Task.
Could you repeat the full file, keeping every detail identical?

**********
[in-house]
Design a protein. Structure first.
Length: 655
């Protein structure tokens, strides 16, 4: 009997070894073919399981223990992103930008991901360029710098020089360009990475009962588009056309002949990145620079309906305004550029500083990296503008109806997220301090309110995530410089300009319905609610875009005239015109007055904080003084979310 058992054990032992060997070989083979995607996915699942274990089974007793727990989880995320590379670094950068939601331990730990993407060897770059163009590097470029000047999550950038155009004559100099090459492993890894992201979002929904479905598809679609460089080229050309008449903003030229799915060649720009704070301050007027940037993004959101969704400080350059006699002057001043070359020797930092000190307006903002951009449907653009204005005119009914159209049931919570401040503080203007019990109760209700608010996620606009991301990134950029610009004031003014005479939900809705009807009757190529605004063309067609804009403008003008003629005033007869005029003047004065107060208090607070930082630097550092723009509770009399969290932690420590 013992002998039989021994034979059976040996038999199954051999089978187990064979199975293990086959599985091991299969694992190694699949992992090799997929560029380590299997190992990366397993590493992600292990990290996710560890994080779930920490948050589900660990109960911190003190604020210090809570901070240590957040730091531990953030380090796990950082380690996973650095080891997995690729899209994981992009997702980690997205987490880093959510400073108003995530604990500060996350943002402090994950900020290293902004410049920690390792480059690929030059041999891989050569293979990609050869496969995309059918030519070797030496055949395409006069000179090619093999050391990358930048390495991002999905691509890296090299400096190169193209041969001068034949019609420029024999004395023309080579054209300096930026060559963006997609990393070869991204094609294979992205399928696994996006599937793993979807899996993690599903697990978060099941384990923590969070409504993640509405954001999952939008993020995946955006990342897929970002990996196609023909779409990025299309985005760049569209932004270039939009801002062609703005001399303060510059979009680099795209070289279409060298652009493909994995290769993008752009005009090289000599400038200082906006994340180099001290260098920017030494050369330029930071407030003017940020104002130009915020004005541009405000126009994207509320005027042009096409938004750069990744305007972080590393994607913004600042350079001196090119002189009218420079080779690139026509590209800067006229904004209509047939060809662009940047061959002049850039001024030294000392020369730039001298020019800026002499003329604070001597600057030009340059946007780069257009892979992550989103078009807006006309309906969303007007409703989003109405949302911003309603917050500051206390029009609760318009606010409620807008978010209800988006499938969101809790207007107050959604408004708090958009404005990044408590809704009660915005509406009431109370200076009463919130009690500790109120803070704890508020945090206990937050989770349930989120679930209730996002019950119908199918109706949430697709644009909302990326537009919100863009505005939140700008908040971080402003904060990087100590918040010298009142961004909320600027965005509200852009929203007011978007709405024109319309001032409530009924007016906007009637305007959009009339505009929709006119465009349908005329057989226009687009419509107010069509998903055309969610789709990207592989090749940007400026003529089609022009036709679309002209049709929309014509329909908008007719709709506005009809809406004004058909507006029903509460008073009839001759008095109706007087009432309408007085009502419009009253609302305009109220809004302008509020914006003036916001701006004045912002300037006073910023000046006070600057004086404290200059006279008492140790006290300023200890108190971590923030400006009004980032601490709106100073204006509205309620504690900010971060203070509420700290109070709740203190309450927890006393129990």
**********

[in-house]
Design a protein. Structure first.
Length: 655
């Protein structure tokens, strides 16, 4: 009997070894073919399981223990992103930008991901360029710098020089360009990475009962588009056309002949990145620079309906305004550029500083990296503008109806997220301090309110995530410089300009319905609610875009005239015109007055904080003084979310 058992054990032992060997070989083979995607996915699942274990089974007793727990989880995320590379670094950068939601331990730990993407060897770059163009590097470029000047999550950038155009004559100099090459492993890894992201979002929904479905598809679609460089080229050309008449903003030229799915060649720009704070301050007027940037993004959101969704400080350059006699002057001043070359020797930092000190307006903002951009449907653009204005005119009914159209049931919570401040503080203007019990109760209700608010996620606009991301990134950029610009004031003014005479939900809705009807009757190529605004063309067609804009403008003008003629005033007869005029003047004065107060208090607070930082630097550092723009509770009399969290932690420590 013992002998039989021994034979059976040996038999199954051999089978187990064979199975293990086959599985091991299969694992190694699949992992090799997929560029380590299997190992990366397993590493992600292990990290996710560890994080779930920490948050589900660990109960911190003190604020210090809570901070240590957040730091531990953030380090796990950082380690996973650095080891997995690729899209994981992009997702980690997205987490880093959510400073108003995530604990500060996350943002402090994950900020290293902004410049920690390792480059690929030059041999891989050569293979990609050869496969995309059918030519070797030496055949395409006069000179090619093999050391990358930048390495991002999905691509890296090299400096190169193209041969001068034949019609420029024999004395023309080579054209300096930026060559963006997609990393070869991204094609294979992205399928696994996006599937793993979807899996993690599903697990978060099941384990923590969070409504993640509405954001999952939008993020995946955006990342897929970002990996196609023909779409990025299309985005760049569209932004270039939009801002062609703005001399303060510059979009680099795209070289279409060298652009493909994995290769993008752009005009090289000599400038200082906006994340180099001290260098920017030494050369330029930071407030003017940020104002130009915020004005541009405000126009994207509320005027042009096409938004750069990744305007972080590393994607913004600042350079001196090119002189009218420079080779690139026509590209800067006229904004209509047939060809662009940047061959002049850039001024030294000392020369730039001298020019800026002499003329604070001597600057030009340059946007780069257009892979992550989103078009807006006309309906969303007007409703989003109405949302911003309603917050500051206390029009609760318009606010409620807008978010209800988006499938969101809790207007107050959604408004708090958009404005990044408590809704009660915005509406009431109370200076009463919130009690500790109120803070704890508020945090206990937050989770349930989120679930209730996002019950119908199918109706949430697709644009909302990326537009919100863009505005939140700008908040971080402003904060990087100590918040010298009142961004909320600027965005509200852009929203007011978007709405024109319309001032409530009924007016906007009637305007959009009339505009929709006119465009349908005329057989226009687009419509107010069509998903055309969610789709990207592989090749940007400026003529089609022009036709679309002209049709929309014509329909908008007719709709506005009809809406004004058909507006029903509460008073009839001759008095109706007087009432309408007085009502419009009253609302305009109220809004302008509020914006003036916001701006004045912002300037006073910023000046006070600057004086404290200059006279008492140790006290300023200890108190971590923030400006009004980032601490709106100073204006509205309620504690900010971060203070509420700290109070709740203190309450927890006393129990």